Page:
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Didrikson, Mildred "Babe" (1911-1956)  

There is perhaps no athlete, male or female, in recorded history who excelled in as many different arenas as Babe Didrikson. An All-American basketball player, a record-setting Olympic gold medal winner in track and field, and a world famous golfer, Didrikson could also give an impressive performance in sports as diverse as baseball, boxing, swimming, billiards, and archery.

The Associated Press named her Female Athlete of the Year six times between 1932 and 1954, and Female Athlete of the Half Century in 1950, but it was not only Didrikson's performance on the field that made her an important public figure. Insolent, charming, and confident to the point of conceit, Didrikson became what few women athletes have been able to manage--a larger-than-life controversial sports star.

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Born on June 26, 1911, in Port Arthur, Texas, Didrikson grew up in the south Texas town of Beaumont, the daughter of working- class Norwegian immigrants. Running in the streets with the neighborhood kids, she developed a cocky self-reliance and a toughness that would remain with her throughout her life.

She also began to develop her athletic skills, leaping hedges as she cut through lawns, and playing baseball with local boys. In high school, she was the high scorer on the basketball team, which led, in 1930, to paying work on the semi-professional team, the Golden Cyclones.

In 1932, Didrikson entered an Amateur Athletic Union track and field championship. As a one-woman team, she entered eight events and won six, setting world records for the high jump, the 80-meter hurdles, the javelin, and the baseball throw. The same year, she won Olympic gold medals for the javelin and the 80-meter hurdles.

In 1934, Didrikson began to play golf, the sport for which she would become internationally known. Not only did she win fifty-five professional and amateur tournaments with a record-setting seventeen wins in a row, but she brought her working-class bluntness and tomboyish swagger and dash into the sedate upper-class world of golf. Didrikson's flamboyant, irrepressible personality was a magnet for the press, and she loved the attention, playing up the outrageous side of her nature.

Although the press followed Didrikson closely, it did not always treat her kindly. From the beginning of her career, she was labeled a "muscle moll," "mannish," and "unnatural." Reporters often described her looks in unflattering, if not outright insulting terms. While they lauded her athletic victories, they implied that she could only succeed because she was lacking in femininity.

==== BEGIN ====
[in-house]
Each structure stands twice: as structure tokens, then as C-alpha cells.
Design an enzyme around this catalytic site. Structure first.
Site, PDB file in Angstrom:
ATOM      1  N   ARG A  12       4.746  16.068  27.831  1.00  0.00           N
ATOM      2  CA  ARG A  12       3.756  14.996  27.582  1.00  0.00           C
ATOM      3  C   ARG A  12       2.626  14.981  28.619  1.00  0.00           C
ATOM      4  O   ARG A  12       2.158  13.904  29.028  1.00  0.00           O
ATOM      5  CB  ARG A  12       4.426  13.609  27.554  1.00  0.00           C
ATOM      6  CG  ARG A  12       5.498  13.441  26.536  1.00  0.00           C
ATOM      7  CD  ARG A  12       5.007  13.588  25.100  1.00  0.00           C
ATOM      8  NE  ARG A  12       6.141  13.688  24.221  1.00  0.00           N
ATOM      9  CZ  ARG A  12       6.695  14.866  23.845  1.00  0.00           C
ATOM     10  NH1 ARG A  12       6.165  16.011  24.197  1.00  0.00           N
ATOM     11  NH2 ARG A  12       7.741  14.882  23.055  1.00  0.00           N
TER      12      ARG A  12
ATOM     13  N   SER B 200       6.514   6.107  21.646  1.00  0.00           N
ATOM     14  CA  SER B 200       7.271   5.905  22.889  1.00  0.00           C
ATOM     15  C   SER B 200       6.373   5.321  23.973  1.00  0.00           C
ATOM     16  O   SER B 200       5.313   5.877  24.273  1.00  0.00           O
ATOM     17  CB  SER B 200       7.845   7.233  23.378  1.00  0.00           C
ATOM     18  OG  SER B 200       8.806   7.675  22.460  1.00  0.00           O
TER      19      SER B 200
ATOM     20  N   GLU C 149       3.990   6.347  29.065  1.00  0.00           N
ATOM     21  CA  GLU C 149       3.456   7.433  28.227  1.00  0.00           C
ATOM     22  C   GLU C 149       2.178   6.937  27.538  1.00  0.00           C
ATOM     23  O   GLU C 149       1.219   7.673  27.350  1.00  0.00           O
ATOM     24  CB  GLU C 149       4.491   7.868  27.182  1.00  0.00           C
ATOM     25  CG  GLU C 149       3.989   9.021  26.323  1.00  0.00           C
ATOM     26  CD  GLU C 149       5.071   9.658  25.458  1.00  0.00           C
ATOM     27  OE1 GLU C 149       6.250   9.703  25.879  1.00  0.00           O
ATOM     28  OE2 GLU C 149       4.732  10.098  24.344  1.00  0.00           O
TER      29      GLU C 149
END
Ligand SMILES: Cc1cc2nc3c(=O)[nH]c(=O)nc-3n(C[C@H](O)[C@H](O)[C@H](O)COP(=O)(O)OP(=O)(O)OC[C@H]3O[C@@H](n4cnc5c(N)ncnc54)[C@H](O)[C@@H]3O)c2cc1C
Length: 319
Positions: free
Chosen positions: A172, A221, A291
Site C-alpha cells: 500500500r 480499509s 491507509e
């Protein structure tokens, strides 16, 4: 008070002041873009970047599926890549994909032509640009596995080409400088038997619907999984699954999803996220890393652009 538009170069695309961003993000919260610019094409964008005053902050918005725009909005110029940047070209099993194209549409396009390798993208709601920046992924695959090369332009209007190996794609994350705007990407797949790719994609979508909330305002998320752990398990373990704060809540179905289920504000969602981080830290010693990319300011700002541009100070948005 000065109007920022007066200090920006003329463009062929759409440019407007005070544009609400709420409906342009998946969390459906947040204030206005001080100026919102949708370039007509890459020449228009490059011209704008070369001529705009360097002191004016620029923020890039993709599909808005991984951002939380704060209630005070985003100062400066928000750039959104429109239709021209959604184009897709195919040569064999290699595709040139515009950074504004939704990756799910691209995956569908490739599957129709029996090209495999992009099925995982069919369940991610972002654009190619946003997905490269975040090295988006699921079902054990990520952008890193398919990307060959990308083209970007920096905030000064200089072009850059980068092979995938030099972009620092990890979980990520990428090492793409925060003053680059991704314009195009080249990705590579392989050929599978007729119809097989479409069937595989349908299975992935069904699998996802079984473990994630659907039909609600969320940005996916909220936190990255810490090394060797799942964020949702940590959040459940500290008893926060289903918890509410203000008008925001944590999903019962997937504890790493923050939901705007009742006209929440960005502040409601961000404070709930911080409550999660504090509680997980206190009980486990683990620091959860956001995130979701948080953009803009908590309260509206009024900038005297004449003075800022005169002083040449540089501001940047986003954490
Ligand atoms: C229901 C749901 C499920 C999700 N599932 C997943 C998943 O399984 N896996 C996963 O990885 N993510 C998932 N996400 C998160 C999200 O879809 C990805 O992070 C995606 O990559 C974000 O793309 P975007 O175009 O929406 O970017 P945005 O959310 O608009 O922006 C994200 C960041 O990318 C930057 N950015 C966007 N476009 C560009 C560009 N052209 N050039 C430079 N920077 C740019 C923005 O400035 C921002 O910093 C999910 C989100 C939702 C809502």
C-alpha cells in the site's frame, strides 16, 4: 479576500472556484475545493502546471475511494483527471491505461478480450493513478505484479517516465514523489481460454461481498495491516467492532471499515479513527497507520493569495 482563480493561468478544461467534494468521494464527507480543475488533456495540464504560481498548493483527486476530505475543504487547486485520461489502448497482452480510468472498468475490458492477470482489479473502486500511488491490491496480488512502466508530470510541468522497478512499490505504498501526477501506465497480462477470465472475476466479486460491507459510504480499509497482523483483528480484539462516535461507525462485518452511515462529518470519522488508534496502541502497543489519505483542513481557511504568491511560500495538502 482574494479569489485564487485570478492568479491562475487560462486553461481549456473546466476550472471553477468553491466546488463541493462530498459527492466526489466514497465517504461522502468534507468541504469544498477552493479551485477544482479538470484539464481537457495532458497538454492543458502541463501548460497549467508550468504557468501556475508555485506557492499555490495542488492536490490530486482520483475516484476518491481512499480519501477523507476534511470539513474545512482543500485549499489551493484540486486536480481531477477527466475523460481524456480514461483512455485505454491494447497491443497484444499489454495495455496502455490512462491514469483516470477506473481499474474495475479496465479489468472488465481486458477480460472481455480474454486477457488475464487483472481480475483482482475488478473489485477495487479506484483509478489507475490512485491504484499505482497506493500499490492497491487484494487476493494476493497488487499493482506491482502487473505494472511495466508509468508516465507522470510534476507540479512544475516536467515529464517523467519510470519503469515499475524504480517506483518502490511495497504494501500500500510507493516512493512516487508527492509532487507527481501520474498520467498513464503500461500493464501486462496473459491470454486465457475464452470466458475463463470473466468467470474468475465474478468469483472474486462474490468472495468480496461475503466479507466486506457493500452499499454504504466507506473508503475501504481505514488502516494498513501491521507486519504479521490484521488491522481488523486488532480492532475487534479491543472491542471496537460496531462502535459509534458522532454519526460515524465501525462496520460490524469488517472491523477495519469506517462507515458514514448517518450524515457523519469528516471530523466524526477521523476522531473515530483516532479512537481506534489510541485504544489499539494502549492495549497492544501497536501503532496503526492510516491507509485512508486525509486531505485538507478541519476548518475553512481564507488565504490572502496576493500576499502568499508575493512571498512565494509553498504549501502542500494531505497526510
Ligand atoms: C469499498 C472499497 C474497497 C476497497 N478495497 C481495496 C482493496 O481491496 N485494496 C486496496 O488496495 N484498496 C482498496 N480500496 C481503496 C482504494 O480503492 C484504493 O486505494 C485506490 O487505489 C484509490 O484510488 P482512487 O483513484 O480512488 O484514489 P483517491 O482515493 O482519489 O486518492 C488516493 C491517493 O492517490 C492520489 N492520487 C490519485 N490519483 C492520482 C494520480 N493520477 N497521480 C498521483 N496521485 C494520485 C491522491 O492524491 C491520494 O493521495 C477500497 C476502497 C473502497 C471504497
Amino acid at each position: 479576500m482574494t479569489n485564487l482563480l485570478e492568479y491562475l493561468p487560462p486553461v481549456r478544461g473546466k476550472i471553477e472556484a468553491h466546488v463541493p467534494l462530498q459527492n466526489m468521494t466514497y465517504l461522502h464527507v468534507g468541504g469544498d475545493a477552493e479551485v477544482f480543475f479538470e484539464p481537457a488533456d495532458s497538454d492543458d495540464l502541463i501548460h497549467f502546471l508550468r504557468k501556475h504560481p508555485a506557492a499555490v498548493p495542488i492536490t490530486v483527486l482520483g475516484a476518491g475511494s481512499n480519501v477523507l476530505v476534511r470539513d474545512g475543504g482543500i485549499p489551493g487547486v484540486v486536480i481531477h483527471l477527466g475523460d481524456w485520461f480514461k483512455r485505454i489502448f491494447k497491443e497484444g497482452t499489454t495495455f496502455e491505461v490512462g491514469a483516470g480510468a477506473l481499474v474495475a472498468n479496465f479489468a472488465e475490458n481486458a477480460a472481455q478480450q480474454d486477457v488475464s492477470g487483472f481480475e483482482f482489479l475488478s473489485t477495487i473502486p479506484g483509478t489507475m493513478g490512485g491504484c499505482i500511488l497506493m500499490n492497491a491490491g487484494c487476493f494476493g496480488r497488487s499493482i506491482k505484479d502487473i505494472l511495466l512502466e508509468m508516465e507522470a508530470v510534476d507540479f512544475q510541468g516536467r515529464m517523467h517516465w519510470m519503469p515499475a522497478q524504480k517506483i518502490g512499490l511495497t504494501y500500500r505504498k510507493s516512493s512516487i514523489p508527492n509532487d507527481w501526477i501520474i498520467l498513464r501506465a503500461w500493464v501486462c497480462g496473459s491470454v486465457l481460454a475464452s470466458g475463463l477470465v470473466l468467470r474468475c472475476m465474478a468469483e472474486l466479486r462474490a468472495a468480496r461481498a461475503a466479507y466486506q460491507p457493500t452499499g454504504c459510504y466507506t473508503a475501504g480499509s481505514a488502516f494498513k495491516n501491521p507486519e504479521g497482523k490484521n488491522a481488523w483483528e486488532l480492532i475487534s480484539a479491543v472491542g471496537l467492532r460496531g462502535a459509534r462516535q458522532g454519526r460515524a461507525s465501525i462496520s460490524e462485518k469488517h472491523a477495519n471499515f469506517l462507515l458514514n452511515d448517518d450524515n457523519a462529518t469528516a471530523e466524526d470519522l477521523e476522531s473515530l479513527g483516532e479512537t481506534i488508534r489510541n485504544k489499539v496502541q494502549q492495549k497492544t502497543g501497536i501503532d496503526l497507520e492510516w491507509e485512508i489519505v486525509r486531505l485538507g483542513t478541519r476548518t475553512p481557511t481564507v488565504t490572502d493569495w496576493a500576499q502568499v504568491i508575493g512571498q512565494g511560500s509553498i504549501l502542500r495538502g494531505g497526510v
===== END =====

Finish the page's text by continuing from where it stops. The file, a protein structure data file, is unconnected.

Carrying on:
These hints and rumors of perversion and deviance got under even Didrikson's self-confident skin. They helped motivate her movement from track and field to the more feminine world of golf. They also prompted the longer, waved hairstyle and dresses that she began to wear in the mid-1930s. And they were very likely a stimulus to her marriage to professional wrestler George Zaharias in 1938.

While Didrikson remained married to Zaharias until her death from colon cancer in 1956, the real love of her life was probably another woman golfer, Betty Dodd. Didrikson and Dodd met in 1950 at an amateur golf tournament in Miami and became close friends almost immediately.

As Didrikson's marriage grew increasingly troubled, she spent more time with Dodd. The women toured together on the golf circuit, and eventually Dodd moved in with Zaharias and Didrikson. Victims of the of the times, they never used the word "lesbian" to describe their relationship, but there is little doubt that Dodd and Didrikson were intimate and loving partners. "We always had a lot more fun when he [Zaharias] wasn't around," Dodd recalled, according to Didrickson's biographer Susan Cayleff.

Tina Gianoulis

     

 
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Top: Babe Didrikson with husband George Zaharias in 1938. Above: Didrikson (left) with Betty Dodd.
  
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    Bibliography
   

Cayleff, Susan E. Babe: The Life and Legend of Babe Didrikson Zaharias. Urbana: University of Illinois Press, 1995.

Knudson, R. Rozanne. Babe Didrikson: Athlete of the Century. New York: Viking Kestrel, 1985.

Lynn, Elizabeth A. Babe Didrikson Zaharias. New York: Chelsea House, 1989.

Postman, Andrew. "Athlete Of The Century: Babe Didrikson." Women's Sports and Fitness 3.2 (January 2000): 110.

Zaharias, Babe Didrikson, with Harry Paxton. This Life I've Led: My Autobiography. NewYork: Barnes, 1955.

 

    Citation Information
         
    Author: Gianoulis, Tina  
    Entry Title: Didrikson, Mildred "Babe"  
    General Editor: Claude J. Summers  
    Publication Name: glbtq: An Encyclopedia of Gay, Lesbian, Bisexual,
Transgender, and Queer Culture
 
    Publication Date: 2002  
    Date Last Updated January 9, 2005  
    Web Address www.glbtq.com/arts/didrikson_m.html  
    Publisher glbtq, Inc.
1130 West Adams
Chicago, IL   60607
 
    Today's Date  
    Encyclopedia Copyright: © 2002-2006, glbtq, Inc.  
    Entry Copyright © 2002, glbtq, Inc.  
 

 

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